Carson raises $20M for '16 bid in past 3 months

Small Donors a Cash Boon for Ben Carson


ALEXANDRIA, Va. (AP) — Political newcomer Ben Carson raised more than $20 million in the past three months to fuel his bid for the Republican presidential nomination, his campaign said Wednesday, a haul of campaign cash that shatters records and sets a new bar for his GOP rivals.

As other campaigns scrambled to bring in final donations before the end of the fundraising period at midnight, Carson's senior team celebrated its massive haul at its suburban Washington campaign headquarters.

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Two dozen staffers shared a red, white and blue chocolate cake topped with frosted numbers "$31,000,000" — the total amount the retired neurosurgeon's campaign has raised since he launched his White House bid in May.

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Carson raises $20M for '16 bid in past 3 months
MT. AYR, IA - JANUARY 22 : Republican presidential candidate Ben Carson is introduced during his 'Trust in God Townhall' campaign stop January 22, 2016 in Mt. Ayr, Iowa. Carson, who is seeking the nomination from the Republican Party is on the presidential campaign trail across Iowa ahead of the Iowa Caucus taking place February 1. (Photo by Joshua Lott/Getty Images)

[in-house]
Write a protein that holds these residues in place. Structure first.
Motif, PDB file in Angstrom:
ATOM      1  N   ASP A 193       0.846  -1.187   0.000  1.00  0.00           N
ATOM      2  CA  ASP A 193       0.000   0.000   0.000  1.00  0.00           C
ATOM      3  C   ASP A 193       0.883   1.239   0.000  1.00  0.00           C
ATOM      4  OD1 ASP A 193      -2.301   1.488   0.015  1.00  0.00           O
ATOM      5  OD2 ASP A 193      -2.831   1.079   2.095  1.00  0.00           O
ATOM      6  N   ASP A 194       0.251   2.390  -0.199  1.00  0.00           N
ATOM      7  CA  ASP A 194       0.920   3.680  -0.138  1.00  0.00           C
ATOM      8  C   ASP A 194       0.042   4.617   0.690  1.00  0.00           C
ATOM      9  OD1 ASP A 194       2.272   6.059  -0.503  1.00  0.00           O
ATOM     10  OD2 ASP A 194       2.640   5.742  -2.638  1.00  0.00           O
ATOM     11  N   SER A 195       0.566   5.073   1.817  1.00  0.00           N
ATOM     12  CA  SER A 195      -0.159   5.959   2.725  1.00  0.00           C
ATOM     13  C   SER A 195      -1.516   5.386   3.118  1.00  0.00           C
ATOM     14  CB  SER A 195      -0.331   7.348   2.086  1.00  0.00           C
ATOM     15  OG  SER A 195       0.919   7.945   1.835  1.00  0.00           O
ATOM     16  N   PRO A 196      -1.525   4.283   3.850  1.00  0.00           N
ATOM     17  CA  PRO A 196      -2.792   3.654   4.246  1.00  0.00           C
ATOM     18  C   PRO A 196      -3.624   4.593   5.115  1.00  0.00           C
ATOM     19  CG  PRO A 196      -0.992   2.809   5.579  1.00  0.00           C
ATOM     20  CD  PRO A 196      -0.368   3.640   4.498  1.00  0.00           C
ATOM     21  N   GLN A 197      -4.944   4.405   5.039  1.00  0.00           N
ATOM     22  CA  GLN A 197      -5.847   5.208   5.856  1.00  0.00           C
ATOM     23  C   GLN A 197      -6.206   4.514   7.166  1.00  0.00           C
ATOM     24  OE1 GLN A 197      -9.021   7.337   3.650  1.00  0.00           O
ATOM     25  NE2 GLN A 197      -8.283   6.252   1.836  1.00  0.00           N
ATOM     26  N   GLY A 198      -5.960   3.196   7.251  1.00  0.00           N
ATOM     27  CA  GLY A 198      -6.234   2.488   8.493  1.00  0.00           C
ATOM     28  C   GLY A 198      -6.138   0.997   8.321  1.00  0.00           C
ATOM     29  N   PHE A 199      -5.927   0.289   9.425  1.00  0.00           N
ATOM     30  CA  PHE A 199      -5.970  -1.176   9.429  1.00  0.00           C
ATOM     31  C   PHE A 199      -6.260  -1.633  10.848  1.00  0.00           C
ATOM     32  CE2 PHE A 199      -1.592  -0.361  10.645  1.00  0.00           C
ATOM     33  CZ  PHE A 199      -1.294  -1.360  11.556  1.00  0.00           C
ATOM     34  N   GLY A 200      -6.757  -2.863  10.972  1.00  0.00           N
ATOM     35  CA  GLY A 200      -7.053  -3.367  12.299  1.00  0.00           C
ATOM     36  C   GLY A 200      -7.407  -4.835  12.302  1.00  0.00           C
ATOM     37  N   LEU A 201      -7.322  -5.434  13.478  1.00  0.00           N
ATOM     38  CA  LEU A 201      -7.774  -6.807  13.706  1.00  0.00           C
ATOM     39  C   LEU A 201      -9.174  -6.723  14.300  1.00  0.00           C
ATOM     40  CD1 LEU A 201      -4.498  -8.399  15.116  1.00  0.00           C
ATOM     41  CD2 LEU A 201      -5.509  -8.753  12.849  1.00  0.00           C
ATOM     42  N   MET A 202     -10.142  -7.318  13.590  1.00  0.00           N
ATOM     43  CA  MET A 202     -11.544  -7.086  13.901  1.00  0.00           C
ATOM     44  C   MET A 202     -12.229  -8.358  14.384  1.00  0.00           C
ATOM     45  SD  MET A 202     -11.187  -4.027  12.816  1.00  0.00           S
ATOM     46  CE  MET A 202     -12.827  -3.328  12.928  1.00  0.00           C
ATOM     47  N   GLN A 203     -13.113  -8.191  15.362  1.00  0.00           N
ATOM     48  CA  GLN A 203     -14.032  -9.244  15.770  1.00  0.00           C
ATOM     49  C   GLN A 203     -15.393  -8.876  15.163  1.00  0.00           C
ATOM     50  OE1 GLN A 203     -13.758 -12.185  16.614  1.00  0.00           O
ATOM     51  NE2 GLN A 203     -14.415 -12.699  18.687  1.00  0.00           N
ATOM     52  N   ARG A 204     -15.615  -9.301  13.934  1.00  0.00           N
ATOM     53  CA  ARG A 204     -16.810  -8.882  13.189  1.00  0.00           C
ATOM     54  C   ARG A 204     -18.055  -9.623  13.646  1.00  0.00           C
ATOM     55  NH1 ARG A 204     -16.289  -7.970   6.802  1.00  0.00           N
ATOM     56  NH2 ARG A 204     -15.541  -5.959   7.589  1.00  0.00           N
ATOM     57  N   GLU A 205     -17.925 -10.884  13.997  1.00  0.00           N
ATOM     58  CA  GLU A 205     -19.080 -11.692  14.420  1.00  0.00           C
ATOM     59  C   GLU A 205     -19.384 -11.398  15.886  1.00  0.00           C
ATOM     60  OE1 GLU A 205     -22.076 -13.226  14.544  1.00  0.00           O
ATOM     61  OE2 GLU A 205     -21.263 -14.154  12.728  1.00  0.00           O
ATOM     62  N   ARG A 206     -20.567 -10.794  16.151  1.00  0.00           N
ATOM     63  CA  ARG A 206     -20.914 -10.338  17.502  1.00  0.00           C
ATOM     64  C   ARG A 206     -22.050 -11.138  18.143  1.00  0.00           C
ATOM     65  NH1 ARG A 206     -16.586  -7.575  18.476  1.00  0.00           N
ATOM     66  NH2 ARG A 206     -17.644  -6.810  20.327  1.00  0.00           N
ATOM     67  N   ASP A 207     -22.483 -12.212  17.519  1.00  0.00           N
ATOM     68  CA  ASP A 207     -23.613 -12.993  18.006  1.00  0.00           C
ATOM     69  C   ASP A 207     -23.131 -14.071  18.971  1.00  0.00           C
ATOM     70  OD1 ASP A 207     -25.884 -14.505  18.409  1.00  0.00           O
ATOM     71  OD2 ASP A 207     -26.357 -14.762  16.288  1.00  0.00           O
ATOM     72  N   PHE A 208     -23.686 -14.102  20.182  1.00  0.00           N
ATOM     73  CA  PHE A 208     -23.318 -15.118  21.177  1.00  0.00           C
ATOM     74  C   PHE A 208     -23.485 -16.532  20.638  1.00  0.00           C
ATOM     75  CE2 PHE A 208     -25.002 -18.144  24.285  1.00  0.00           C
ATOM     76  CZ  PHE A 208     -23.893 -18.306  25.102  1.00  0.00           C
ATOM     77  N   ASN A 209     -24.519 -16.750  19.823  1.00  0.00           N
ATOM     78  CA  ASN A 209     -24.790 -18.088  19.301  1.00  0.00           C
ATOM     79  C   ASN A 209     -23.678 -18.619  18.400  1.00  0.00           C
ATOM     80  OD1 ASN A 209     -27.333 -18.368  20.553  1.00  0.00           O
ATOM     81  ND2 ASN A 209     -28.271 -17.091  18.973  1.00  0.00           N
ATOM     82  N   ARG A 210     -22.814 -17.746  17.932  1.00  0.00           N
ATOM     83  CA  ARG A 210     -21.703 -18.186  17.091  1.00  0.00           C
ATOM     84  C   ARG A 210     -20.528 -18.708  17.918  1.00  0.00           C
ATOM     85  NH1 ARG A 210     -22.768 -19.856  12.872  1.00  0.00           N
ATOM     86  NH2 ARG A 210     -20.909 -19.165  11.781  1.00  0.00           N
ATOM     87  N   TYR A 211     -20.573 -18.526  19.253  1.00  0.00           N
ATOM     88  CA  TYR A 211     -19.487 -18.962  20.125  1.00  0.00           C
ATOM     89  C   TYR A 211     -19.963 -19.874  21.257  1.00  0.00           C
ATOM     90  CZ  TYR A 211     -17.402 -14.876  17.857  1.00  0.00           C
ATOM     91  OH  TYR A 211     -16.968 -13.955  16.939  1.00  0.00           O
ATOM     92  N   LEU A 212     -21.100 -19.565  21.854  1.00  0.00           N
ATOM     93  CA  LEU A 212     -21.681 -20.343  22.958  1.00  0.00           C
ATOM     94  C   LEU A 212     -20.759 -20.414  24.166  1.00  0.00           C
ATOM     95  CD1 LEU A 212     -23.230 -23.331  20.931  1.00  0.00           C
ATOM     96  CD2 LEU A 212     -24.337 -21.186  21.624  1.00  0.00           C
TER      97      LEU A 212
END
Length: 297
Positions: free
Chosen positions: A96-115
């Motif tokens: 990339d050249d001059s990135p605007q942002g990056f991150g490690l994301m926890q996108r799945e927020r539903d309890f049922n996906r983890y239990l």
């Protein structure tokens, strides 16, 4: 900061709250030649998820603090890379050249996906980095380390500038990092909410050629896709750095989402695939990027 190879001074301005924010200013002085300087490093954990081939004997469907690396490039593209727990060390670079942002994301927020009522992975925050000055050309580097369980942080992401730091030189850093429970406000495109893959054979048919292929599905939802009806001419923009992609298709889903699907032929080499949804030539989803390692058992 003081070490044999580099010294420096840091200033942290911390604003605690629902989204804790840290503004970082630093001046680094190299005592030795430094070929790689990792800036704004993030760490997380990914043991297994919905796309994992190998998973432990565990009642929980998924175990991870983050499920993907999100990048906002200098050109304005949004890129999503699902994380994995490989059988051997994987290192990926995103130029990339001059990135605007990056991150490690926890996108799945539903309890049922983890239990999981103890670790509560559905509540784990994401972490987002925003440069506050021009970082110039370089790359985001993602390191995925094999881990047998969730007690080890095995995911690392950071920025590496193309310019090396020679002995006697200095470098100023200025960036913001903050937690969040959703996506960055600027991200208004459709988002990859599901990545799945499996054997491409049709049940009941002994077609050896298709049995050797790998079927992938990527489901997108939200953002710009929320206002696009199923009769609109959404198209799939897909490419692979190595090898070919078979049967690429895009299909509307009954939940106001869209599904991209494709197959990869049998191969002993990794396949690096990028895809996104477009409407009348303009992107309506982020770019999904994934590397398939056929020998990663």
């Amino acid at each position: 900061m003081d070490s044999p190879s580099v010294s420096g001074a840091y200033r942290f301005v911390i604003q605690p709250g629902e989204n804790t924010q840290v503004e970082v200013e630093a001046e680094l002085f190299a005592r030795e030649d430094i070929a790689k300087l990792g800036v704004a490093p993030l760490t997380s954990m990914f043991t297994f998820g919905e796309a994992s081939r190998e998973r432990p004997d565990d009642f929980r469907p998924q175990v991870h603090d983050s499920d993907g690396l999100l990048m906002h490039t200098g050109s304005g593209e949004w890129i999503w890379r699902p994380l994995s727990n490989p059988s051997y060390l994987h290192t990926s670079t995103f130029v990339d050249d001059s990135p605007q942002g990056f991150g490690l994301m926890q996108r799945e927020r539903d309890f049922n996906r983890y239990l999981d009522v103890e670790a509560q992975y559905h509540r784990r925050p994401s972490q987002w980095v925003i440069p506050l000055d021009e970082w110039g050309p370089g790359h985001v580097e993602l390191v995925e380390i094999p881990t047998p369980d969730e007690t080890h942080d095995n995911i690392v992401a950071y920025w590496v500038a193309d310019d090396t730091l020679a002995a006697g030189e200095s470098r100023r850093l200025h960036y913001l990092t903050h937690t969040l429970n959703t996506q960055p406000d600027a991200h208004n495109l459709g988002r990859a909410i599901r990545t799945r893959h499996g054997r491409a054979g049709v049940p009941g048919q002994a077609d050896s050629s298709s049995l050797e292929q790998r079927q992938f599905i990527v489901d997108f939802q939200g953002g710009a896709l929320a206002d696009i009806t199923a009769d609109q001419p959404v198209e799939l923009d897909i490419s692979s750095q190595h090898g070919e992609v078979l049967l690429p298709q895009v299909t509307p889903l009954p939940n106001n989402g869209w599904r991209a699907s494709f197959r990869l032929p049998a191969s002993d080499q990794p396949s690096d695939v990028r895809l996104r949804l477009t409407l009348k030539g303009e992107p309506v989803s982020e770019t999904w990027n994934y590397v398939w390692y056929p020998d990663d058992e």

Ben Carson, 2016 Republican presidential candidate, speaks during a Liberty University Convocation in Lynchburg, Virginia, U.S., on Wednesday, Nov. 11, 2015. As retired neurosurgeon Carson has risen in the polls, media reports have revisited his accounts of acts of violence as a child, a key part of the redemption story he discusses on the campaign trail. Photographer: Andrew Harrer/Bloomberg via Getty Images
PALM BEACH GARDENS, FL - NOVEMBER 06: Republican presidential candidate Ben Carson speaks to the media before speaking at a gala for the Black Republican Caucus of South Florida at PGA National Resort on November 6, 2015 in Palm Beach, Florida. Carson has come under media scrutiny for possibly exaggerating his background and other statements he has made recently. (Photo by Joe Raedle/Getty Images)
DES MOINES, IA - AUGUST 16: Republican presidential hopeful Ben Carson (L) eats a piece of pizza while touring the Iowa State Fair on August 16, 2015 in Des Moines, Iowa. Presidential candidates are addressing attendees at the Iowa State Fair on the Des Moines Register Presidential Soapbox stage and touring the fairgrounds. The State Fair runs through August 23. (Photo by Justin Sullivan/Getty Images)